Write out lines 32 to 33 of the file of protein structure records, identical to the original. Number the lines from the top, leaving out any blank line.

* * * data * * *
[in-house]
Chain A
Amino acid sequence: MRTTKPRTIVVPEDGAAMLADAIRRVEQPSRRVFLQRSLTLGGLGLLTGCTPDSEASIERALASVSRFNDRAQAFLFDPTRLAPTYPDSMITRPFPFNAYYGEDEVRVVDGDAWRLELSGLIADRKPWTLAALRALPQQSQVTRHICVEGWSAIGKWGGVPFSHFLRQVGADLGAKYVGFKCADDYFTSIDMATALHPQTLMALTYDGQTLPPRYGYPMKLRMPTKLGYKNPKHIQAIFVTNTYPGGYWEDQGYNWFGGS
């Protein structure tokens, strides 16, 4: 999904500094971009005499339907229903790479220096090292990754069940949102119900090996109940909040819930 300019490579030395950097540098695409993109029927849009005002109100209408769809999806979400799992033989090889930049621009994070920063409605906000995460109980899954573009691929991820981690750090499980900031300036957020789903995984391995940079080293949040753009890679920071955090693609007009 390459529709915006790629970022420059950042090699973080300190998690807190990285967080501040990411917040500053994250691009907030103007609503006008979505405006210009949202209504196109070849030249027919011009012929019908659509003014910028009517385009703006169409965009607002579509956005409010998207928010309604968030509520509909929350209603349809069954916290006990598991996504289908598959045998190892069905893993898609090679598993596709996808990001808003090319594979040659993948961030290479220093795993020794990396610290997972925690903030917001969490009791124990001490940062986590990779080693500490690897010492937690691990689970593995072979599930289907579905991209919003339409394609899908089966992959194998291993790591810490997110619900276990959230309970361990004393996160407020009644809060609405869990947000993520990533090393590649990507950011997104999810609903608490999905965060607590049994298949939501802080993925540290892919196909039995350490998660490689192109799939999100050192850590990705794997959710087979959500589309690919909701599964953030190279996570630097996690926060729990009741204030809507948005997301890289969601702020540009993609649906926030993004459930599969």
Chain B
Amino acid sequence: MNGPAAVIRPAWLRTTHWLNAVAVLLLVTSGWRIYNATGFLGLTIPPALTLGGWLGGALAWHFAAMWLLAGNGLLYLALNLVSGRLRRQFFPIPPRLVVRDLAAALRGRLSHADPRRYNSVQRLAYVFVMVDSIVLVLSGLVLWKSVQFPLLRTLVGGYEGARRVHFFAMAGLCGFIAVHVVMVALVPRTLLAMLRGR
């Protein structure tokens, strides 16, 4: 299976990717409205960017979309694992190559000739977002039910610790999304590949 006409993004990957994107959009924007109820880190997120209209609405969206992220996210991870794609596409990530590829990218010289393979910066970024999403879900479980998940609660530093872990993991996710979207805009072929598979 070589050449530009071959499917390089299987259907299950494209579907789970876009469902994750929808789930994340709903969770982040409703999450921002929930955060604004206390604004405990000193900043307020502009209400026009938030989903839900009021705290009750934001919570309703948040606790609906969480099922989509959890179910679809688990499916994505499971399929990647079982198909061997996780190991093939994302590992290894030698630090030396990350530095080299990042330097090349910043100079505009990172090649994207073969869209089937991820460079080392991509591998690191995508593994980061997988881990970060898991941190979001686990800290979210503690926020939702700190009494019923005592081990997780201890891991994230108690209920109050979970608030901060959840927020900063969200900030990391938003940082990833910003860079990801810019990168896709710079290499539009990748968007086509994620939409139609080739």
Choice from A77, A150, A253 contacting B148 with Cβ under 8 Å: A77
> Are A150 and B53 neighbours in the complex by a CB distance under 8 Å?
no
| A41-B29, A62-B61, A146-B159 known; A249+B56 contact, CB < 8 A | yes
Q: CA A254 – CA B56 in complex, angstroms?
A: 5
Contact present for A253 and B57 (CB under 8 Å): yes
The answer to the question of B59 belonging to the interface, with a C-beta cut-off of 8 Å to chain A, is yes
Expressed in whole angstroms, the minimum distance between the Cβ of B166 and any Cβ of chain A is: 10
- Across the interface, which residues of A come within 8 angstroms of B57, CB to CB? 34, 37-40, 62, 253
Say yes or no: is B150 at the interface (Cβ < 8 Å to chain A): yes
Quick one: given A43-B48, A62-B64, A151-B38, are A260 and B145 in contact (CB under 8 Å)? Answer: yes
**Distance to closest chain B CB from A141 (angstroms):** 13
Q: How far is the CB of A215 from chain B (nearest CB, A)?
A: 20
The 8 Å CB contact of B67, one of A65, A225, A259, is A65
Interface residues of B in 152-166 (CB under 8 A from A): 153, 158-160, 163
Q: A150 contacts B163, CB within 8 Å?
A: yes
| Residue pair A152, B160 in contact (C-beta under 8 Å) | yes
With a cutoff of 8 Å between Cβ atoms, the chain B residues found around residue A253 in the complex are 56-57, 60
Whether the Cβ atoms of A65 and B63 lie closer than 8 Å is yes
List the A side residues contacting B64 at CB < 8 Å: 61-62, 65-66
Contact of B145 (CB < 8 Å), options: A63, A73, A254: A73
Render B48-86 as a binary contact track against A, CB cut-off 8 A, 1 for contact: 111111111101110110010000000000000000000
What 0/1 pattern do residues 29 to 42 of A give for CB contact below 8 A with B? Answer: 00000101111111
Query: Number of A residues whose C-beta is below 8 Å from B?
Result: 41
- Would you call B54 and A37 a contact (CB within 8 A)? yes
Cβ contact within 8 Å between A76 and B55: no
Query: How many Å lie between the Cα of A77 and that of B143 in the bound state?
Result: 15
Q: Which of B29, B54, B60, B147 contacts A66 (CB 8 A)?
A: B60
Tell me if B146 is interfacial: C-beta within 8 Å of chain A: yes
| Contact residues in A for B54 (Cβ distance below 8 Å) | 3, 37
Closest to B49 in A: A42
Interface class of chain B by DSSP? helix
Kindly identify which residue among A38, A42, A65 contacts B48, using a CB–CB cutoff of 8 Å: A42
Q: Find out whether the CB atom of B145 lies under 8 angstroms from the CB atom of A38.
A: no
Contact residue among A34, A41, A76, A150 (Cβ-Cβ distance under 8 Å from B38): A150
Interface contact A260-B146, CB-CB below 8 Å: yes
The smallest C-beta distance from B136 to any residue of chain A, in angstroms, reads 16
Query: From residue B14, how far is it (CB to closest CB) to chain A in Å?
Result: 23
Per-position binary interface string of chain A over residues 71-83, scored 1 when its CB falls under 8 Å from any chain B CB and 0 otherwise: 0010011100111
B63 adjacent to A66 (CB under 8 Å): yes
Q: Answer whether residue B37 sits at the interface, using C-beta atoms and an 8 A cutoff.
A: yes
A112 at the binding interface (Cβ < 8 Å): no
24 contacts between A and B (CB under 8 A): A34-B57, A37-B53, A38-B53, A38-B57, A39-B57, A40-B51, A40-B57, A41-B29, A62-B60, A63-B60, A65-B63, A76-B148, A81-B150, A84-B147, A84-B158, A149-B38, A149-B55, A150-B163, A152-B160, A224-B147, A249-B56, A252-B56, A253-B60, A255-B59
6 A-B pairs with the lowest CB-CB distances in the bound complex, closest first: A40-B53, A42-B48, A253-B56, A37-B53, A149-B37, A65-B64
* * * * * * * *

Render B48-86 as a binary contact track against A, CB cut-off 8 A, 1 for contact: 111111111101110110010000000000000000000
What 0/1 pattern do residues 29 to 42 of A give for CB contact below 8 A with B? Answer: 00000101111111